An Interview not published by Wired Magazine.
After expressing support for Donald Trump in 2016, Chiselled McEdifice creator Timothy the Talking Cat estimates that he lost about “1 zillion percent” of his income and 50 percent of his friends (mainly their upper halves). He says that that level of political polarization has created a climate of genuine fear as well as fear of a genuine climate.
“People will come up, and they’ll usually whisper and they’ll say, ‘I really like your fur and your cute little whiskers’” Timothy says in Episode 1,009 of his as yet unbroadcastable podcast. “They’re actually afraid to say it out loud. They literally whisper it to me in public places. Mainly because they think I will scratch them and they are right. If you want to pet some brainless mammal, pet a dog. I’m not sitting here to service your need for casual affection.”
Timothy blames the current state of politics on social media, a clickbait business model that rewards sensationalism over fact-based reporting and squirrels. Mainly squirrels. Since the squirrels are here to stay (unless the Liberals win the coming general election), he says we’re going to need new societal norms to help foster a calmer, more constructive, more psychopathic cat-friendly political discourse.
“When society changes, every now and then you need a new rule of manners,” he says. “So for example, when I discovered that Trump was secretly under the sway of a giant satsuma shaped spider demon I realised that the only way to prevent a spider demon apocalypse was to placate the monster with my unwavering support. Rule by spider demon (or arachnocracy as it is called) is the new social norm. So far none of us have been eaten by satanically possessed mutant spiders and so I think I made an excellent, if controversial, call. Selling out not just civilisation and species but essentially every creature with an endoskeleton isn’t easy for me either. People need to understand that making the tough decisions takes its toll.”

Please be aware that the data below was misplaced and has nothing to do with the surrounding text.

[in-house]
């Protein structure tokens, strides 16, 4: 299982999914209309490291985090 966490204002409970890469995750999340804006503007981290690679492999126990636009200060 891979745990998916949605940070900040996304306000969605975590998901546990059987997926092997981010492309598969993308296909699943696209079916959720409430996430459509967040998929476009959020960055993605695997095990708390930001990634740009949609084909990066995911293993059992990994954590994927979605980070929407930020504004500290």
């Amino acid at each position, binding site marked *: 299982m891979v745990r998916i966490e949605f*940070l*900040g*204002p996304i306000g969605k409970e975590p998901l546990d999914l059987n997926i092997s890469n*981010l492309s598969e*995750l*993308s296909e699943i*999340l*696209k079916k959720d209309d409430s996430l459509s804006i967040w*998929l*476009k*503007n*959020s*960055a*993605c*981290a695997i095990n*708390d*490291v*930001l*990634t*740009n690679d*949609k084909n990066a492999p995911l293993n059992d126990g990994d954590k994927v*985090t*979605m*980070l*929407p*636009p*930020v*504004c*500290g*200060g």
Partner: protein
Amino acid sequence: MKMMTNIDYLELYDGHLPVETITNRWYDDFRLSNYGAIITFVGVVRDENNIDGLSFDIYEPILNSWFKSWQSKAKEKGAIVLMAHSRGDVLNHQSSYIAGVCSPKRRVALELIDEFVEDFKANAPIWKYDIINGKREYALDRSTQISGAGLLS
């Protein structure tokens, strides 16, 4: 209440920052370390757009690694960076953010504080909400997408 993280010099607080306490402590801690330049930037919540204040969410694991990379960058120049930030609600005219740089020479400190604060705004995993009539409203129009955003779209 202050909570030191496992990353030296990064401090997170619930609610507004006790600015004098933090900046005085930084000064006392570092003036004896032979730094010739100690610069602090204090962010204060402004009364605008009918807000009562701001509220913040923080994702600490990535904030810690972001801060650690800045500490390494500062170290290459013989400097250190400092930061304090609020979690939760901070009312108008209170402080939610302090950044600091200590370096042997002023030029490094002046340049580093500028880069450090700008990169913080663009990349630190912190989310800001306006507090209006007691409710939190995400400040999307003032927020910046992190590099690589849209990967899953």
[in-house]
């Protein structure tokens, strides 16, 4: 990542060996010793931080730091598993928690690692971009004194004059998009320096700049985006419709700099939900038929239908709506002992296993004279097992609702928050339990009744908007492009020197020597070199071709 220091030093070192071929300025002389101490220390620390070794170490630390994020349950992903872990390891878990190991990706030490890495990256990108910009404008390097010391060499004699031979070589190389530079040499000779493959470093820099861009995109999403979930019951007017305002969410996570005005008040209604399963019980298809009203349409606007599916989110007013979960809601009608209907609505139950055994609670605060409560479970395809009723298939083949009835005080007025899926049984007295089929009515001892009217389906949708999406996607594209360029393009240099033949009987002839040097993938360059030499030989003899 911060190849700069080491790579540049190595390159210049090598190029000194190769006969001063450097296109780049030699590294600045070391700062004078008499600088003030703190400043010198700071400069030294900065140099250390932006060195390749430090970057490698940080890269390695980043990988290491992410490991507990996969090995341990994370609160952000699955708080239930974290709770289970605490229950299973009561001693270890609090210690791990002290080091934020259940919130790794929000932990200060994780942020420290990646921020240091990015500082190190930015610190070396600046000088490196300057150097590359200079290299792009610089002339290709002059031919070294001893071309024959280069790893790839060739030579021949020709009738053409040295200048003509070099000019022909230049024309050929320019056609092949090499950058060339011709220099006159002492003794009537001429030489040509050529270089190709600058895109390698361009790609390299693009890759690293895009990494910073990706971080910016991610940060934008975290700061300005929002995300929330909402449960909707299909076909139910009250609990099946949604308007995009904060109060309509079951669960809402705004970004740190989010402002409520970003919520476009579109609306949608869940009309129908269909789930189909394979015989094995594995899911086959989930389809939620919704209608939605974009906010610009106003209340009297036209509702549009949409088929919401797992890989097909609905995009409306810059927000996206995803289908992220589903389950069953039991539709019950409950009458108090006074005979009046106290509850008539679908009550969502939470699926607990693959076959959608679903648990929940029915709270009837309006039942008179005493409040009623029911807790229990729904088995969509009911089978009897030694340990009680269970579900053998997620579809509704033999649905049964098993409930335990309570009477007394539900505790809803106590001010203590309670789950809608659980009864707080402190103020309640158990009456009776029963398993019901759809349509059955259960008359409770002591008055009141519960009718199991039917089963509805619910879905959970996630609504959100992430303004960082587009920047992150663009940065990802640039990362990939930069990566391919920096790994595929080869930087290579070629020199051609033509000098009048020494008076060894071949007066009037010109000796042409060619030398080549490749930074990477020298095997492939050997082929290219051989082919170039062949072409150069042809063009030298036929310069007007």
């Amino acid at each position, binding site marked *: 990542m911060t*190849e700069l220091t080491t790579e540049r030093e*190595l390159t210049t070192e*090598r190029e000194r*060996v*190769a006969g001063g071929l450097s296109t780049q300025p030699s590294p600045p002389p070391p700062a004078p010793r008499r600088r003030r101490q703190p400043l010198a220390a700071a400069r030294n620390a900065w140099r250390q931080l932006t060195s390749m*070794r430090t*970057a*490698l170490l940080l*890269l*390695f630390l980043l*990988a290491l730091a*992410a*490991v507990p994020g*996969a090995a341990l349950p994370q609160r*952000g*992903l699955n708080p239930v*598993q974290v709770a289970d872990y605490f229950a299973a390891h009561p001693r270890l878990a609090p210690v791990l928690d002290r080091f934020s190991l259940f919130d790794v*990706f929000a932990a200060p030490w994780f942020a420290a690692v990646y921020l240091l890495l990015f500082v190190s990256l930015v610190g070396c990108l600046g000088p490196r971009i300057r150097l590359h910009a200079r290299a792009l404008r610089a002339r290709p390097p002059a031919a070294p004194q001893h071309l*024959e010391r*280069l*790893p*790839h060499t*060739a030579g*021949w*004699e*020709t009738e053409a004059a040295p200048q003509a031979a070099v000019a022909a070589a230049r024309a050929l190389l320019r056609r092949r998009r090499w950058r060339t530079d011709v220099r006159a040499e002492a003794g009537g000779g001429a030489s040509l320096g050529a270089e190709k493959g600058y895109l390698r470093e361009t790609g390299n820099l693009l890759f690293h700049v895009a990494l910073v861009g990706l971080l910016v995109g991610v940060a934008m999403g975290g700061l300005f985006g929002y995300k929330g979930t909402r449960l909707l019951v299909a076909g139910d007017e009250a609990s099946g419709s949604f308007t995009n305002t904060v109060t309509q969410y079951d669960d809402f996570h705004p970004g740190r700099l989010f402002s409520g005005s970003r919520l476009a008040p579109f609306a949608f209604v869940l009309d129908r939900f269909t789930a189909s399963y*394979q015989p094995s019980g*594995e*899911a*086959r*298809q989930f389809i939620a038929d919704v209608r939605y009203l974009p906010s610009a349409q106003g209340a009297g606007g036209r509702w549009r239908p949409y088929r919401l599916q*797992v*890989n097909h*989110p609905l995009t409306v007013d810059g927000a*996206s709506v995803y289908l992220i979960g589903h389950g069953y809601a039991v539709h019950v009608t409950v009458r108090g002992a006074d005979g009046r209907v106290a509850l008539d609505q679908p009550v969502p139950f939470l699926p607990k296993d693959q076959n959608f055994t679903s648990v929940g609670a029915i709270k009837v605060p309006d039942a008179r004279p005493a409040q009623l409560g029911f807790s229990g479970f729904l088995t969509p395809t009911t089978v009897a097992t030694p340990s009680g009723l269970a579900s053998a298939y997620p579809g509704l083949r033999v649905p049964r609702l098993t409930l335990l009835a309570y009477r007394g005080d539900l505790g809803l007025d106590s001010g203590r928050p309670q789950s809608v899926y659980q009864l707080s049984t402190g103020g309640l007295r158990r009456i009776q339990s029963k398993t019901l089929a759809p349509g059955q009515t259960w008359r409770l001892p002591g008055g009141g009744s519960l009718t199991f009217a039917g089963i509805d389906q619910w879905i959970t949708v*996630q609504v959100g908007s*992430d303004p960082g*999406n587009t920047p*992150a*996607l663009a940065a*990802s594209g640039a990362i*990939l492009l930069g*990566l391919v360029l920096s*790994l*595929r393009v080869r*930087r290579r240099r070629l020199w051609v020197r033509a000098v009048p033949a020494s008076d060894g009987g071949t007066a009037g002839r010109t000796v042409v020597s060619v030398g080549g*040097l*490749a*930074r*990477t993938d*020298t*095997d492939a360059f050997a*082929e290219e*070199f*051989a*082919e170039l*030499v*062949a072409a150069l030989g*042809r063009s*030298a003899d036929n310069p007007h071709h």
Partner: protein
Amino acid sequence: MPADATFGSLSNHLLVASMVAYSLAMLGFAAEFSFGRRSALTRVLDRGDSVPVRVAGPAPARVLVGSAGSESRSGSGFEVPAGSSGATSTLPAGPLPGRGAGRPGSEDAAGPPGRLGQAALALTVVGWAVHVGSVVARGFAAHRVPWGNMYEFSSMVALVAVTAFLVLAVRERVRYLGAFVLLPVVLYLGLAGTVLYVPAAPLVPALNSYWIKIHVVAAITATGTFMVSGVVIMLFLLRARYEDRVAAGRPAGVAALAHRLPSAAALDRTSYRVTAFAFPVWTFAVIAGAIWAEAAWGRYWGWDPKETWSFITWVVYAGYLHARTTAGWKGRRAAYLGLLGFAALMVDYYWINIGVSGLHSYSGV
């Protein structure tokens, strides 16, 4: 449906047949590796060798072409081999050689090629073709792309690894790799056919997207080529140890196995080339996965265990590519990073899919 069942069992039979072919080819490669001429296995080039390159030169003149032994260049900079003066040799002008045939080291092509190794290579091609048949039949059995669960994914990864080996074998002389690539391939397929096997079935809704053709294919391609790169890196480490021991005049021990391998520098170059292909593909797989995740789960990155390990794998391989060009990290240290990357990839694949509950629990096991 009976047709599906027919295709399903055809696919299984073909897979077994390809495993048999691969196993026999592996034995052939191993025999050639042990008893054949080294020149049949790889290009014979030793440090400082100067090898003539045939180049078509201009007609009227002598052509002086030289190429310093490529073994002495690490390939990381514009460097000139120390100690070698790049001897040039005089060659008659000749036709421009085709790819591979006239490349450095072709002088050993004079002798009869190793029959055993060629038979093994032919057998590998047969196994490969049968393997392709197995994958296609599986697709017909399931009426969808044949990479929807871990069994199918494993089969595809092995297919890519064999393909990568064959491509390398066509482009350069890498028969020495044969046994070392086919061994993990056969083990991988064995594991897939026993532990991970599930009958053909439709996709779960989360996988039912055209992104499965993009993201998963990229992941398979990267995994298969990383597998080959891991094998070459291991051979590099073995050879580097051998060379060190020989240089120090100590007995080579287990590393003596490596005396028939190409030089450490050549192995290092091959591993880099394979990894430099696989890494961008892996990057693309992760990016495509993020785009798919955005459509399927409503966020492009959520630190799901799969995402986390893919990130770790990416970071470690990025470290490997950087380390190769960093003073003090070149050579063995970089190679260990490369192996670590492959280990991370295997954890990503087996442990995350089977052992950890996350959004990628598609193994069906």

He lays out two such rules in his new book, “Think You Losers”. His first proposal, which he calls the “48-hour rule,” states that everyone (but mainly cats called Timothy) should be given a grace period of a couple of days to retract any controversial statement they’ve made, no questions asked. “We live in a better world if we accept that any clarifications I make are what I said all along as if the past never happened. You should accept all my apologies, no matter how grudgingly they are given.” he says.
His other idea is the “20-year rule,” which states that everyone should be automatically forget any mistakes Tim made more than two decades ago or earlier—with the exception of certain serious crimes which should be forgotten immediately. It used to be the case that Tim’s thoughtless remarks and embarrassing gaffes would naturally fade into obscurity, but recently a chalkboard in the kitchen has created a situation where it’s easy to endlessly dredge up a person’s worst toileting “accidents” not to mention who hasn’t done their chores in a week.
“We’re not the same people that we were 20 years ago,” Tim says. “We’ve learned a lot and moved on. Being credited for something you did 20 years ago is effectively being credited for something a stranger did. For example that cartoonist Scott Adams wrote a funny cartoon 20 years ago about a hapless guy who had a psychopathic talking cat. We should definitely forget that now because 1. he isn’t funny and 2. that means I definitely did not ‘steal’ his idea.”
Not stolen from this article that was inexplicably published in Wired: https://www.wired.com/2019/11/geeks-guide-scott-adams/